I recently Roy Rosenzweig’s article Can History be Open Source? Wikipedia and the Future of the Past. Though I had no issues with his article, it brought my mind back to a project I did two years ago about Wikipedia and Encyclopaedia Britannica. This article–along with pondering my project–prompted me to think about what Wikipedia’s role should be among historical scholarly and non-scholarly resources.
Wikipedia receives a wide range of mostly-deserved criticism. Some articles are woefully written, others give more coverage to less important issues, than the ones that matter. Some Wikipedians simply write things that are not true, or that are taken out of context, perpetuating rumours and half-truths. All of this criticism is justified, but I believe we allow it to overshadow the good that Wikipedia does. Nevertheless, Wikipedia is good at correcting itself, and seems to get better every day through the efforts of volunteer contributors and administrators (check out the articles for deletion forums). Furthermore, I believe that we give some of the seminal reference works (e.g. Encyclopaedia Britannica) a little too much credit for what they do, especially compared to Wikipedia. Let’s remember that encyclopaedias were never meant to be authoritative sources of information. A friend of mine, a seasoned academic librarian, put it this way, “you go to an encyclopaedia if you’re feeling lazy, and just want a few tidbits of information, quick and dirty.” To be honest, I believe Wikipedia serves that purpose quite well, moreover, their articles are longer and typically contain more detail than the average traditional encyclopaedia entry.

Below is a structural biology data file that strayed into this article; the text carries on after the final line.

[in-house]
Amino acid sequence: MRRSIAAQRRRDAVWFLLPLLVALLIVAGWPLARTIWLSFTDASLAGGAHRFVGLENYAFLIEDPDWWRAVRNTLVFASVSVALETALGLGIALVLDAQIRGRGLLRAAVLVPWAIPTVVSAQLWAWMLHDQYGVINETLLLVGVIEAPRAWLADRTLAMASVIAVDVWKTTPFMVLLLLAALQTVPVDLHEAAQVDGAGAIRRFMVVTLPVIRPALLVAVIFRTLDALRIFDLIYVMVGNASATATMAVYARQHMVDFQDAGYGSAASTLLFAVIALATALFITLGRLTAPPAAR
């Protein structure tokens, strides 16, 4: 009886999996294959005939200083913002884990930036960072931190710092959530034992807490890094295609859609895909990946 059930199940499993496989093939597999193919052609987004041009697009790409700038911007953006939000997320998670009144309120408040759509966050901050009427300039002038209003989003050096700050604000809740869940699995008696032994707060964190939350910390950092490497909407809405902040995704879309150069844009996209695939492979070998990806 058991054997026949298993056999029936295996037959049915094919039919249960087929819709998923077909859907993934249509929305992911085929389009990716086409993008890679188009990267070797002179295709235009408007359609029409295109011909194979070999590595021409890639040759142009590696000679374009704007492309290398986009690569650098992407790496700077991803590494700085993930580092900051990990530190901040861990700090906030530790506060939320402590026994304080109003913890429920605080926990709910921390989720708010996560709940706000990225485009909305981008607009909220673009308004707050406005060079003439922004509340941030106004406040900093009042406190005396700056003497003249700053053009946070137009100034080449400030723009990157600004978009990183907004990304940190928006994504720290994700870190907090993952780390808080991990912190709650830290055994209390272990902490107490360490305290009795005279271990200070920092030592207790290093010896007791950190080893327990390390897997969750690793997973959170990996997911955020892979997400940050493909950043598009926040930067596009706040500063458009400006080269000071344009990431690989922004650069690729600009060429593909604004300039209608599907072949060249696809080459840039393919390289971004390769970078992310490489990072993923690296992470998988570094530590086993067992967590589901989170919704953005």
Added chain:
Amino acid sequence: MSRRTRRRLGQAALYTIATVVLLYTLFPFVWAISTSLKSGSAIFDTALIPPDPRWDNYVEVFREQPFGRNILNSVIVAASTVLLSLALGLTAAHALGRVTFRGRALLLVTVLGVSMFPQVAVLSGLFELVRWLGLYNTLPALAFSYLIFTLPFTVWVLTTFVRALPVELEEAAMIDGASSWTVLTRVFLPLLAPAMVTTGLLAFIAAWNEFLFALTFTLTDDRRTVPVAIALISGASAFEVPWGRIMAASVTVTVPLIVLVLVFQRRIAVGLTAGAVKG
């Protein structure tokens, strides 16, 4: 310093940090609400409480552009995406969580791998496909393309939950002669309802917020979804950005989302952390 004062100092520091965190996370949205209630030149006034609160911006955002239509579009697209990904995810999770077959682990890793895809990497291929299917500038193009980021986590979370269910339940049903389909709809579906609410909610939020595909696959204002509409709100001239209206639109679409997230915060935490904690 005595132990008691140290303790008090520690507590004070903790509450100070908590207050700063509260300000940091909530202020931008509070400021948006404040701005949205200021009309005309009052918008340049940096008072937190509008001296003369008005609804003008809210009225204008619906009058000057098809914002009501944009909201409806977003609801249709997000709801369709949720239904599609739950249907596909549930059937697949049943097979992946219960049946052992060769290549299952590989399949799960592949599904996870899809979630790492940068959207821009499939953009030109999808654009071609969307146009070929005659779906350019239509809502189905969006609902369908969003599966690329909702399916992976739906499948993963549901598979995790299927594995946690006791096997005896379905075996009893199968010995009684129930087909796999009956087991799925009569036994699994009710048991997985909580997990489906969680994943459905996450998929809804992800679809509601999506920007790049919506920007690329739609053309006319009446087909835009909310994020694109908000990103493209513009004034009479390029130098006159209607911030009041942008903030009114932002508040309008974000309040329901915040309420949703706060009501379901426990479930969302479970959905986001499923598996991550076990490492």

For the purposes of historical research–especially at the high school and undergraduate Ievels–I think Wikipedia does well as a starting point for research, especially on a topic that the researcher may not be familiar with. Of course, the student would never use a Wikipedia article as fuel to support his/her argument, but if it is used to get to know the key names, dates, and statistics of a particular event, I think it’s a great way to start research. Many Wikipedia articles also come with some impressive bibliographies with reputable sources. Take Wikipedia’s article “Attack on Pearl Harbor” it had 122 endnotes as of September 13, 2013, and comes with a list of some reputable sources. The authors of the sources include some of the world’s experts on World War II like Sir Martin GIlbert, Admiral Samuel Eliot Morison, and Dr. Gordon W. Prange. The resources also include works published by many reputable academic presses including Oxford, Cornell, and Taylor & Francis. A professor seeing those types of sources used for a research paper would not be disappointed.
From a Public History standpoint, in our last Digital History class we talked a lot about how we were excited about the possibilities of making historical information available to a wider audience at a low or no cost. Though Wikipedia certainly has its flaws, so far I don’t think anyone has come up with a better way to disseminate information freely than Jimmy Wales through Wikipedia. On his donation page, he stated that, “Wikipedia is something special. It is like a library or a public park. It is like a temple for the mind. It is a place we can all go to think, to learn, to share our knowledge with others.” Though it’s a bit of a utopian idea, I appreciate Wales’s sentiment to make knowledge freely available to anyone who wants it.